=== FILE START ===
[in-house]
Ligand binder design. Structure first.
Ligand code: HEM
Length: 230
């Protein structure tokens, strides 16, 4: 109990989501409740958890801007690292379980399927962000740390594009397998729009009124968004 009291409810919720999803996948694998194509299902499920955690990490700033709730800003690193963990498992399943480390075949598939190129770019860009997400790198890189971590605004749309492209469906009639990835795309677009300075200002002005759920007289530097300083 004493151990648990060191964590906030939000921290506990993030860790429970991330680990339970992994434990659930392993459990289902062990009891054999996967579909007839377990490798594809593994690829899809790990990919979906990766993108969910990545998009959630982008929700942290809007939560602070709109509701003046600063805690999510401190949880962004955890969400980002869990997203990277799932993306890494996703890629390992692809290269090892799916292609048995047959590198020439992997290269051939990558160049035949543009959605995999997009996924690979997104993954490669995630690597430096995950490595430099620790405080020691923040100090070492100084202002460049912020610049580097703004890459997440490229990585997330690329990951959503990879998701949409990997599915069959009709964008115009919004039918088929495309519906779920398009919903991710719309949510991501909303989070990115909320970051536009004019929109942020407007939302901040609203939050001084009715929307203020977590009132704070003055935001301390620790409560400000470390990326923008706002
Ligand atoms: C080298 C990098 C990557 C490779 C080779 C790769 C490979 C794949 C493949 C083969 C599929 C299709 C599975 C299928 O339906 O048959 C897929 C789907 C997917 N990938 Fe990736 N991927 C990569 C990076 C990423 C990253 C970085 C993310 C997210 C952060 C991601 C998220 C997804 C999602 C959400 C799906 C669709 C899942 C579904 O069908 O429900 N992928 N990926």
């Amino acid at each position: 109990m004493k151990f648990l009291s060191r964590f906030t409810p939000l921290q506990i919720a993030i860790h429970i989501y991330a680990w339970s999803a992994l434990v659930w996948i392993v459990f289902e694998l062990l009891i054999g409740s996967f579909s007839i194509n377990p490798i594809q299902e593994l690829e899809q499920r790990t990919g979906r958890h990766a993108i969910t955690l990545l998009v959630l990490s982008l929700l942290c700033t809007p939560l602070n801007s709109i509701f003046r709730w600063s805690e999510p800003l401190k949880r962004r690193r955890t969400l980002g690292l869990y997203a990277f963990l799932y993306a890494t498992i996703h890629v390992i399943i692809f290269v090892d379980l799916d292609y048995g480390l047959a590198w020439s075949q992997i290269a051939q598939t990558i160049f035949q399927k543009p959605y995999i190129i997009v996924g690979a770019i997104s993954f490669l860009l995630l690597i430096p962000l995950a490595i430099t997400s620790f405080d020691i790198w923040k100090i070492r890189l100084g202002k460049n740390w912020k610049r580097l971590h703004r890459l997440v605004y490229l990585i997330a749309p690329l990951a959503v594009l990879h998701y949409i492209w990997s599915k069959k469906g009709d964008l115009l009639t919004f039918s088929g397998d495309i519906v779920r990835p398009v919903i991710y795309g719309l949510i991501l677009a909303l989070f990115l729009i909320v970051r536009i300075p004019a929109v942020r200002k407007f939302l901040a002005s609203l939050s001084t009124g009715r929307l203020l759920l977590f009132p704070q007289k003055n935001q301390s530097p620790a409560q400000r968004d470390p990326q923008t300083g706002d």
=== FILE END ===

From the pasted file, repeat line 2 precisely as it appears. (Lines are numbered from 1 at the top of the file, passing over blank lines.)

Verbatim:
Ligand binder design. Structure first.